How education systems can support the integration of refugee children

By Lucie Cerna

Analyst, OECD Directorate for Education and Skills

The ongoing refugee crisis has put many OECD countries under considerable pressure to accommodate and integrate large numbers of asylum seekers. From 2010 to 2017, the refugee population in OECD countries more than tripled, rising from 2 million to 6.4 million. A number of policies have been enacted to address this crisis, but many have failed to distinguish between immigrants and refugees, overlooking important differences that have major implications – particularly for children.

Refugee and asylum-seeking children face more obstacles than children with an immigrant background, including disrupted or minimal prior education. They must also deal with disrupted family networks, insecure housing, poverty, negative stereotypes and trauma – all while learning a new language and adjusting to a significantly different culture. Refugee children are easily overlooked in official statistics, as well. An estimated 12 million children around the world were living as refugees or asylum-seekers in 2016, yet the real number of children driven from their homes is likely significantly higher due to gaps in reporting and data collection. These gaps may limit the opportunity to inform policy development and offer effective support services.

A new working paper offers insights into the needs of refugee students, and proposes a holistic model for their integration in education. The paper notes that refugee children have a variety of learning, social and emotional needs that must be addressed in order for integration to be successful. It also highlights policies and practices that can respond to these needs.

Refugee children face a wide array of unique challenges when they arrive in their new country. They need to learn the language of their host country, overcome interrupted or limited schooling, and adjust to a new education system. They also need to be able to communicate with others, feel a sense of belonging and develop a strong personal identity. Refugee children need to feel safe, and must be able to cope with loss, grief, separation and trauma.

Schools and education systems can address these needs by adopting a tailored holistic model for refugee integration. Our model shows that refugee children can be integrated into education systems if all (or at least most of) their learning, social and emotional needs are addressed. The prevalence of these needs depends on various individual, interpersonal and institutional (school-level) factors, which, in turn, are shaped by a range of targeted policies and practices.

An important policy response to addressing the needs of refugee students is to provide access to education at all levels (especially pre-primary and post-secondary). Luxembourg, for instance, has extended multilingual education programmes to early childhood education, while Sweden allows immigrants between the ages of 18 and 25 to extend their temporary residence permit for the duration of their upper secondary school studies.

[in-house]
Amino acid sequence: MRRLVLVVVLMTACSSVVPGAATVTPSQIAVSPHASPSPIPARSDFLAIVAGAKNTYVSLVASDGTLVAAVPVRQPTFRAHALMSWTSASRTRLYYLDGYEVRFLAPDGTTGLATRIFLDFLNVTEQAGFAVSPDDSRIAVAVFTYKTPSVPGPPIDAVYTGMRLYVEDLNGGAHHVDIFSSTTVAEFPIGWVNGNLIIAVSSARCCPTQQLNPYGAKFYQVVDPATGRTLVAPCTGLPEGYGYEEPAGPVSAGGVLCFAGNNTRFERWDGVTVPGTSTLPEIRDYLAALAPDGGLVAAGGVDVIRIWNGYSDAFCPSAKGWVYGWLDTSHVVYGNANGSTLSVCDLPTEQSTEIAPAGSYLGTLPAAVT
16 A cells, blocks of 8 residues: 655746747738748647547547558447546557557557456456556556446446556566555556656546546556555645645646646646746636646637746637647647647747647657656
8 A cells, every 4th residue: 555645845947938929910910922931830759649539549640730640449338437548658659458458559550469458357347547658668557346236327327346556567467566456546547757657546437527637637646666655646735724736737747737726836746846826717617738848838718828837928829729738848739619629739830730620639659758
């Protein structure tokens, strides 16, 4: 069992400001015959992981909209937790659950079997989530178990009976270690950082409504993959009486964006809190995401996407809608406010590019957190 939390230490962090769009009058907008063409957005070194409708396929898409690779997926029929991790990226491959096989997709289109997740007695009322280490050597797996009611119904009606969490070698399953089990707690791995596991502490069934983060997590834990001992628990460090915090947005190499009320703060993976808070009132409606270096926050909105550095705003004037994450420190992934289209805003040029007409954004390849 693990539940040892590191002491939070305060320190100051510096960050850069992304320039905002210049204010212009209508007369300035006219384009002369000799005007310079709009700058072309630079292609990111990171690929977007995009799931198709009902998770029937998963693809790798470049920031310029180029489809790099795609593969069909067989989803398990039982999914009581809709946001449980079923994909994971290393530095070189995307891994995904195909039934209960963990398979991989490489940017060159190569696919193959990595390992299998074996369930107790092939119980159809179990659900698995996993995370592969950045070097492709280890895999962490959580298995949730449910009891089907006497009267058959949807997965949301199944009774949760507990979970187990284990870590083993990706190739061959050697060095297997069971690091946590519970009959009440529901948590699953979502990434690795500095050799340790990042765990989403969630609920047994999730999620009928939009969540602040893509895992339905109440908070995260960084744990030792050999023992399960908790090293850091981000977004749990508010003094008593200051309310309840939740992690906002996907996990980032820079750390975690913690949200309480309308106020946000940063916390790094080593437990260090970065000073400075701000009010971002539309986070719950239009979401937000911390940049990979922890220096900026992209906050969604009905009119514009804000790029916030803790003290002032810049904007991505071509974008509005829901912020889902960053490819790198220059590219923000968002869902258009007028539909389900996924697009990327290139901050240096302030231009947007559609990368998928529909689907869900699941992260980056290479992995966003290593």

Ultimately, the integration of refugee students in education can only be promoted through a holistic model.

Other responses could involve providing refugee children with academic support from teachers and other professionals, assessing their skills and language abilities, offering relevant language support and providing a positive learning environment. Australian schools in Sydney, Wagga Wagga, and Southern New South Wales, for instance, have benefited from Refugee Action Support (RAS), a programme that combines tutoring for new arrivals with professional development for student teachers. With a focus on late literacy and numeracy learning, RAS empowers pre-service teachers to assist refugee students with homework and to support their studies in secondary school.

Policies and practices to address the social needs of refugee students are important, as well. These can include providing refugee children with opportunities to engage in social activities and community building, engaging in identity formation, and involving schools and communities in integration efforts. The international Kaleidoscope Cultures and Identity Programme, for example, is geared toward young refugees between the ages of 14 and 24. The programme seeks to explore the impact of living in a new culture and break down social isolation, alienation and dislocation. It also aims to build trust, bonding and an understanding of others, promote self-esteem and identity, and build a vision of the future through shared experiences.

Finally, it is crucial to develop and implement policies and practices that address the emotional needs of refugee students. For instance, the Pharos programme in the Netherlands and in the United Kingdom highlights the difficulties refugee children face, and strengthens peer support systems by offering opportunities to share their stories and experiences with other children. The programme also fosters teacher support for refugee children, and strengthens the coping ability and resilience of refugee children.

Ultimately, the integration of refugee students in education can only be promoted through a holistic model that addresses their learning, social and emotional needs. It is time to rethink current approaches to refugee integration, and to adopt a whole-child perspective that involves all stakeholders.

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